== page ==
Christian studio eyes 'culture wars' challenge to Hollywood


Hollywood's alleged "wokeness" is a frequent target for right-wing commentators and politicians.

But for the tiny Utah-based movie studio behind last year's huge breakout hit film "Sound of Freedom," it is a lucrative gap in the market.

"Hollywood is just this bubble. They're not connected with the average person," said Angel Studios co-founder Jordan Harmon.

"We make movies for the other 90 percent," he told AFP.

Co-founded by four Mormon brothers, Angel Studios rocked hollywood last July with its wildly successful thriller about a vigilante who takes on a child sex trafficking ring.

Debuting days after the fifth "Indiana Jones" film, "Sound of Freedom" left Disney's pricey franchise in the dust, going on to gross $250 million worldwide.

Featuring overt religious messages, and with a plot that some likened to QAnon conspiracy theories, the film found itself at the heart of the United States' "culture wars."

But according to Harmon, it is a failure to cater to both sides of those stark ideological fractures that has left Hollywood box office hauls in recent decline.

In return for monthly fees, a membership base known as the "Angel Guild" gets to vote via a mobile app on which movies or shows the studio should buy, make and release.

"It's just entrepreneurship 101," said Harmon. "Listen to what your customer wants, and do it."

- 'Pay it forward' -

Angel Studios began life as VidAngel, a service that enabled parents to watch popular films and shows with the "bosoms, blood and bad words" removed.

A first entanglement with Hollywood ensued over copyright infringement. The brothers rebranded and shifted to making original titles.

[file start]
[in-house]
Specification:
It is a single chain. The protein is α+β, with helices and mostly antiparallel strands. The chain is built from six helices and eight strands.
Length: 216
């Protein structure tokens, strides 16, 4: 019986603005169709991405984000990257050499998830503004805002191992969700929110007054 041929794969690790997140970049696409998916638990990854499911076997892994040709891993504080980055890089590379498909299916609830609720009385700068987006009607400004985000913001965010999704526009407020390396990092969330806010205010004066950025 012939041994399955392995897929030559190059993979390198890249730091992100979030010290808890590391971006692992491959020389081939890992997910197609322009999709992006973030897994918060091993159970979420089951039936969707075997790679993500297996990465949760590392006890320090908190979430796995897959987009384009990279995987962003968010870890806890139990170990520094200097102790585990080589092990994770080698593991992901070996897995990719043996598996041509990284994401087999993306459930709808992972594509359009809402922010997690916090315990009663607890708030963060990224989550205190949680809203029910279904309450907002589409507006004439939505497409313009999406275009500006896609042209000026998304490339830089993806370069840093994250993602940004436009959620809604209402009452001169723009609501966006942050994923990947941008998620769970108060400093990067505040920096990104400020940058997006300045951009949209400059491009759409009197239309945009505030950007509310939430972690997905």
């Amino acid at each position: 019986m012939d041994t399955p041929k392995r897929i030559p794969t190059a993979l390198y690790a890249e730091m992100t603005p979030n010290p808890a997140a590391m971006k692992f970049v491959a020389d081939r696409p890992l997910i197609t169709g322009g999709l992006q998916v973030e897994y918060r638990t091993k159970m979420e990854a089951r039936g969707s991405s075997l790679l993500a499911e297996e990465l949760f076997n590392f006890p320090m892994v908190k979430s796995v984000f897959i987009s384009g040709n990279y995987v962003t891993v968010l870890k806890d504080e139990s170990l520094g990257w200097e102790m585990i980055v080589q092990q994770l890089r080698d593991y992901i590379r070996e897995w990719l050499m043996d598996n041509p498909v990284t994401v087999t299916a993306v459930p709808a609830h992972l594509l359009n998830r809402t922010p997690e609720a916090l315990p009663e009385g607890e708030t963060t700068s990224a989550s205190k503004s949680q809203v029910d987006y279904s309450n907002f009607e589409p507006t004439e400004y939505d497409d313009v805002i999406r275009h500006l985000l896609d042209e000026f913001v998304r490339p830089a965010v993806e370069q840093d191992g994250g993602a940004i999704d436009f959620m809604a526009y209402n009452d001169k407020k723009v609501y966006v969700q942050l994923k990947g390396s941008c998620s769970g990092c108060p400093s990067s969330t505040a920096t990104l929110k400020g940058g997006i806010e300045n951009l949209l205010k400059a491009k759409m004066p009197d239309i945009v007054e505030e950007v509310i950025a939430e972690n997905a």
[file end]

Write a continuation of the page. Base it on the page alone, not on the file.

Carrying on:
Today, many Angel films and shows feature heavily Christian themes or stories, and the company's manifesto promises content that "amplifies light."

"The Chosen," a television series about the life of Jesus, originally released by VidAngel, claims more than 700 million episode views.

But the company has come under fierce criticism, particularly since "Sound of Freedom."

A "pay it forward" model that encouraged fans to buy theater tickets for strangers and spread the film's message was accused of artificially inflating box office figures.

Some questioned how Angel was actually spending the money, leading the company to publish a spreadsheet of costs and profits online.

Along with accusations of peddling conspiracy theories, the film was accused of mischaracterizing the problem of trafficking.

While fans said it drew attention to a devastating and important problem, others accused the film of exaggerating facts.

"Haters can criticize all they want," said Harmon.

"Everybody all of a sudden framed it as 'this is a right-leaning movie,' when in reality there's nothing in it that's right-leaning," he added.

- 'Very pro-life' -

Angel's next film, "Sound of Hope: The Story of Possum Trot," is being launched over the July 4 weekend, and comes with an activist message of its own.

It tells the true story of a small Texas town in the 1990s, when 22 families decided to tackle the foster care crisis and adopt dozens of at-risk children.

Coming in a US election year, the film is "very, very pro-life," says Harmon, even if it does not directly tackle the nation's raging debate over abortion.

While another "Sound of Freedom"-level hit seems improbable, that success helped the company grow to around 250 staff.

"David," an animated musical about the biblical king, is set for release next year, with Angel executives bullishly stating they want it to be "the most viewed animated film ever released."

The move into animation makes sense for a studio that sees Disney as emblematic of Hollywood's excessive "wokeness" and tendency to "prioritize politics over storytelling."

"They've disenfranchised and hurt their brand in such a significant way over the last years," said Harmon, pointing to Disney's recent "Star Wars: The Acolyte" series, which has been slammed in conservative circles for its heavy LGBTQ themes.

"For us as founders, our long-term vision is that we are going to try to compete with Disney on the highest level, or die trying."



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